High Society

Music & lyrics by Cole Porter, Book by Arthur Kopit
Sunderland Empire and touring

The servants in High Society

This production of High Society has an odd genesis. Originally, of course, it was The Philadelphia Story, a 1939 comedy by Philip Barry (soon to be revived at the Old Vic with Kevin Spacey as Dexter Haven and Jennifer Ehle as Tracy Lord), which MGM made into a musical in 1956 (Grace Kelly's last before becoming Princess Grace). Richard Eyre produced a stage version in 1987 with Natasha Richardson and Stephen Rea, and this version, with a new book by Arthur Kopit, premiered in San Francisco in 1997, then moved to Broadway, with this particular production beginning life at the Churchill, Bromley, in September 2004.

Kopit imports a number of Porter's songs which were not in the original MGM musical and gives it a slightly more contemporary feel by using the servants as a kind of chorus, commenting on the action and being rather less self-effacing than they would have been, possibly in 1956 but certainly in 1939.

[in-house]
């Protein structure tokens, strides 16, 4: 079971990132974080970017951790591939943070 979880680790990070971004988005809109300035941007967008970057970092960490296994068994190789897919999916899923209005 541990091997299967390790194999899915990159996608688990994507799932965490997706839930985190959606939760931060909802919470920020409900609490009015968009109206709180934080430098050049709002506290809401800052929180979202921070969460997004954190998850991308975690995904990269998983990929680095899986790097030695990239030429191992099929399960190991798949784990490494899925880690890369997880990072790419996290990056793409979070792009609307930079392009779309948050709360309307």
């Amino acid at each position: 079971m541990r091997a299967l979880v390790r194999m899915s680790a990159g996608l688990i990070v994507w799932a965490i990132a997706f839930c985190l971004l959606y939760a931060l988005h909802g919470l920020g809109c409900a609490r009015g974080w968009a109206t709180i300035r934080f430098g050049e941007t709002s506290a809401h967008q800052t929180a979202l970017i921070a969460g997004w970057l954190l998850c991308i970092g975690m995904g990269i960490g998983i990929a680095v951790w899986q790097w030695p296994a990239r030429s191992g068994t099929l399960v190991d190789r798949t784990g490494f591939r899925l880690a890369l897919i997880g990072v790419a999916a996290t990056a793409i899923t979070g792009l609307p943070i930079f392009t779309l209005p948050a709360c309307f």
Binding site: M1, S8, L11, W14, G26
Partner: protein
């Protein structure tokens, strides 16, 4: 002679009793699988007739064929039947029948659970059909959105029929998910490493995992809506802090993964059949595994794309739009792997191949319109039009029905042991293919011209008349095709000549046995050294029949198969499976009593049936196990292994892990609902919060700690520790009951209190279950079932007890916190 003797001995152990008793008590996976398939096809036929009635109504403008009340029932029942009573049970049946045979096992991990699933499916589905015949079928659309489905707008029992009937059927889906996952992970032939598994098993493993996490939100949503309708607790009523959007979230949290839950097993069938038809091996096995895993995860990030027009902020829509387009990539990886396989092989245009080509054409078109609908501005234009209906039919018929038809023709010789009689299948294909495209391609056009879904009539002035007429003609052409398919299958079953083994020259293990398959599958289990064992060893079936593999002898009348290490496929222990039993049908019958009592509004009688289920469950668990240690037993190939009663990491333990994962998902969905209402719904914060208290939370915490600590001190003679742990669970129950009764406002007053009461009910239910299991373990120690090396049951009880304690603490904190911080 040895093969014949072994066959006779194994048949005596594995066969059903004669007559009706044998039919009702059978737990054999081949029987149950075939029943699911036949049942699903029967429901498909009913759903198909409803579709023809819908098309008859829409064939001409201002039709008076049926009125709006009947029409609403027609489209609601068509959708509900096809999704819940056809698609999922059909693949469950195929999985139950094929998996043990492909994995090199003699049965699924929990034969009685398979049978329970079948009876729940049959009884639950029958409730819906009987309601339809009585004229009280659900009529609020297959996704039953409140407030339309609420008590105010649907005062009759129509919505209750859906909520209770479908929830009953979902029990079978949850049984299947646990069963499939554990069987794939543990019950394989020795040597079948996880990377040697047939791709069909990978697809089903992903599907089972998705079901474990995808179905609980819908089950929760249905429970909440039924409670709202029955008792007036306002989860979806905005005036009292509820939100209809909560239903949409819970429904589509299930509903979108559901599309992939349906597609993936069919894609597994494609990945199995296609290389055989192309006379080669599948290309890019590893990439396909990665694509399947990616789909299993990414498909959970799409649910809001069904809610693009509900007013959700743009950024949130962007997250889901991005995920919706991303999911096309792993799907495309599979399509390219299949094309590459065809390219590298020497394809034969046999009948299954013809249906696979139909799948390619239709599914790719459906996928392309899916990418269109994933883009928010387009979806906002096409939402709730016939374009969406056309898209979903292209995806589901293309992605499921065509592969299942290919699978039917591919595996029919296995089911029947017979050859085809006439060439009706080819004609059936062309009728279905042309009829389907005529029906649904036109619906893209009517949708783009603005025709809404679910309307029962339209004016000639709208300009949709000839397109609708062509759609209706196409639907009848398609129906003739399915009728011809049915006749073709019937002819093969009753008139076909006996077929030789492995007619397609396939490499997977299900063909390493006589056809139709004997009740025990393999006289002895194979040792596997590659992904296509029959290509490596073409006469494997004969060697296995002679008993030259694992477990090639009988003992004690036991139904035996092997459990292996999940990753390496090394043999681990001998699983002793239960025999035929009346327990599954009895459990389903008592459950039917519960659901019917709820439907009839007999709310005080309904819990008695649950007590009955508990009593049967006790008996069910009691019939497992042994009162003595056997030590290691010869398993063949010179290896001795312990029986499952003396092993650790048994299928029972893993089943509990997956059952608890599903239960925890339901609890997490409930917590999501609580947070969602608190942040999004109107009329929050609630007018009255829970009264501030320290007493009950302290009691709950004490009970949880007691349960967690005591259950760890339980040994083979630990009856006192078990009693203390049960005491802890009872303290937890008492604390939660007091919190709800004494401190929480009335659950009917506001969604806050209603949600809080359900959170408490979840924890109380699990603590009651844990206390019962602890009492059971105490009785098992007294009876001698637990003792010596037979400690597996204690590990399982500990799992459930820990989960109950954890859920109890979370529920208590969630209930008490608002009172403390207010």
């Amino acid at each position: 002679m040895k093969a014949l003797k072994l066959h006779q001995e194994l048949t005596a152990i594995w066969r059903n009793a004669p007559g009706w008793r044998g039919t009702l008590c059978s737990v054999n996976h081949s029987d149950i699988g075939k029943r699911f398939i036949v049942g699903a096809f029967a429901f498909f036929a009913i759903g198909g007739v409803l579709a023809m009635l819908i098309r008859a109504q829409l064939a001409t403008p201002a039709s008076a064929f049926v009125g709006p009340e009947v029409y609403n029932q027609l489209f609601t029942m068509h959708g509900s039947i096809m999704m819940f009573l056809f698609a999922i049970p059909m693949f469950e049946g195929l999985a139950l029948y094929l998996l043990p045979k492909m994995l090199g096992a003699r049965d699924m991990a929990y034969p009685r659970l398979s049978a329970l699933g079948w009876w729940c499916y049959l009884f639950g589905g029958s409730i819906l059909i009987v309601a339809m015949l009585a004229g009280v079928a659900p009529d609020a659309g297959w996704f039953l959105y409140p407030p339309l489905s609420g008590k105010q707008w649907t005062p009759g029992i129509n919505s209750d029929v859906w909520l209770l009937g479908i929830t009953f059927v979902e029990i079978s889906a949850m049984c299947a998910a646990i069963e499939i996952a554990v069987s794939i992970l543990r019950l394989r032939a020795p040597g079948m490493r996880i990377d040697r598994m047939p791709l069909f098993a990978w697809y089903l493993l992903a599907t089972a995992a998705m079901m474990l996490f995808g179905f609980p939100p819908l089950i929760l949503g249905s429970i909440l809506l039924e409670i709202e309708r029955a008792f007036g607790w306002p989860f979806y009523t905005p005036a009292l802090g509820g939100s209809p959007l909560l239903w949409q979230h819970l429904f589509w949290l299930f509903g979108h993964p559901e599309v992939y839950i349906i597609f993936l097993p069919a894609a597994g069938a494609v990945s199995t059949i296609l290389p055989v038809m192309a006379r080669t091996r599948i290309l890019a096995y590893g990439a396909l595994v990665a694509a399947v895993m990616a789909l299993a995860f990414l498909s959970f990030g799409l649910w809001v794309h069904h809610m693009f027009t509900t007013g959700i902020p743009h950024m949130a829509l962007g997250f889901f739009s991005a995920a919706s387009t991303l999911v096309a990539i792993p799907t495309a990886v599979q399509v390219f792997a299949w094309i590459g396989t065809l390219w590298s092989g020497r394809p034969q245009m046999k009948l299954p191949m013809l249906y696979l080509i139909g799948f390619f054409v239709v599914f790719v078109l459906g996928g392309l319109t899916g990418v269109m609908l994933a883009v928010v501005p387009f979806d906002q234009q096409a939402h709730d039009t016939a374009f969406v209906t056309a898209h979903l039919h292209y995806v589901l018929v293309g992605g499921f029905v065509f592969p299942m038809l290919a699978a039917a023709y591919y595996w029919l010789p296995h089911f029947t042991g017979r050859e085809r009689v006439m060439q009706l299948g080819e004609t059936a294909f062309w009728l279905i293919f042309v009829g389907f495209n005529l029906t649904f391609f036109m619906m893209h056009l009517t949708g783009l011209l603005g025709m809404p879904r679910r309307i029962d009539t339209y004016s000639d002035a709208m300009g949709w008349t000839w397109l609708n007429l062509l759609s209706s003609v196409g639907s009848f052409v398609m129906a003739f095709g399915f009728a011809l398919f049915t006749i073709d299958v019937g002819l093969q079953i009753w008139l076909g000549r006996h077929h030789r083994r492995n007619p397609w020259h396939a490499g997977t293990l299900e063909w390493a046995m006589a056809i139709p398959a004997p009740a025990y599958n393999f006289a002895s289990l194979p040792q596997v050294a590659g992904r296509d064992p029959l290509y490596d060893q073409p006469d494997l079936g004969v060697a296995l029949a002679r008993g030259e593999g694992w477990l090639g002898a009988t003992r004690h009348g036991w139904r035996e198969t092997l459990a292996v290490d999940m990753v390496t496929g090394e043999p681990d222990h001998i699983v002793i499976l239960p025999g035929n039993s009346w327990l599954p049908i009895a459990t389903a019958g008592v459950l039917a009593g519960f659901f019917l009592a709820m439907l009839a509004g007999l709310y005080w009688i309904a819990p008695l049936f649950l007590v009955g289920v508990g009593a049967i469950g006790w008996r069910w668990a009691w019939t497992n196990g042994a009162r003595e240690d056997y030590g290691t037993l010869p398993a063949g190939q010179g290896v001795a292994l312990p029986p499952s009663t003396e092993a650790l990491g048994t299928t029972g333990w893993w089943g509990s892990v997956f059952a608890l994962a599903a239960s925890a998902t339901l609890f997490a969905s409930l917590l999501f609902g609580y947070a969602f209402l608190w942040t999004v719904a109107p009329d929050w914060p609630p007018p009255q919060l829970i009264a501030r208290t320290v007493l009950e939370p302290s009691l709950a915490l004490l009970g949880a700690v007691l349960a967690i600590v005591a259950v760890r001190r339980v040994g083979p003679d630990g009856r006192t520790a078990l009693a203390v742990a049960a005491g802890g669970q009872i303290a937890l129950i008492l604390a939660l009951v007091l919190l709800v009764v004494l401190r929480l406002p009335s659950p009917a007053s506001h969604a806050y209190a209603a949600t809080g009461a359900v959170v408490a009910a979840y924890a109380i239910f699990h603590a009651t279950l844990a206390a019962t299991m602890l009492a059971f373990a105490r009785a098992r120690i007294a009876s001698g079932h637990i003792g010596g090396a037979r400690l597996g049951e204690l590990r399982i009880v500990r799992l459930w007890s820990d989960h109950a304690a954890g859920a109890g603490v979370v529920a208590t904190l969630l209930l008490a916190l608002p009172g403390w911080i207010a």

The show is stuffed with some of Porter's best songs - too much so, to some extent, for few of them get much of a showing, and so the cleverness of his lyrics doesn't have much of a chance to shine. And they are clever and witty, with strong sexual overtones bubbling away beneath the surface. The songs, indeed, are the best part of the show, for the story is, it has to be said, dated: the society, its values and attitudes (even its sexual innuendo) seem strangely innocent today.

High society was Porter's milieu - his parties were famed - and, like Coward (who, although he was not born into high society certainly moved in it), he pokes fun at it, but it's the gentle fun of the insider who fully accepts it and its values. The outsider is George Kittredge, whom heroine Tracy Lord is to marry. He is humourless, moralistic, boring - and working class.

But what of this production? The cast is strong - Liza Goddard headlines as Mother Lord, although she is a support character rather than the lead; Graham Bickley as Dexter Haven; Lara Pulver as Dinah; Bryan Torfeh as Kittredge; Paul Robinson as Mike Connor and Ria Jones as Liz Imbrie: we had two understudies in Cara Elston as Tracy Lord and Tony Stansfield as Uncle Willie. The set is functional, bright but simple, with lighting that complements it well. The choreography is attractive if unexciting. All in all, a combination of factors which lead to an enjoyable production but without that extra spark which makes us forget just how dated the show actually is.

David Chadderton reviewed this production at the Palace Theatre, Manchester.

"High Society" tours to Bournemouth, Liverpool, Nottingham, Belfast, Edinburgh, Canterbury, Cardiff, Leicester and Newcastle.

Reviewer: Peter Lathan

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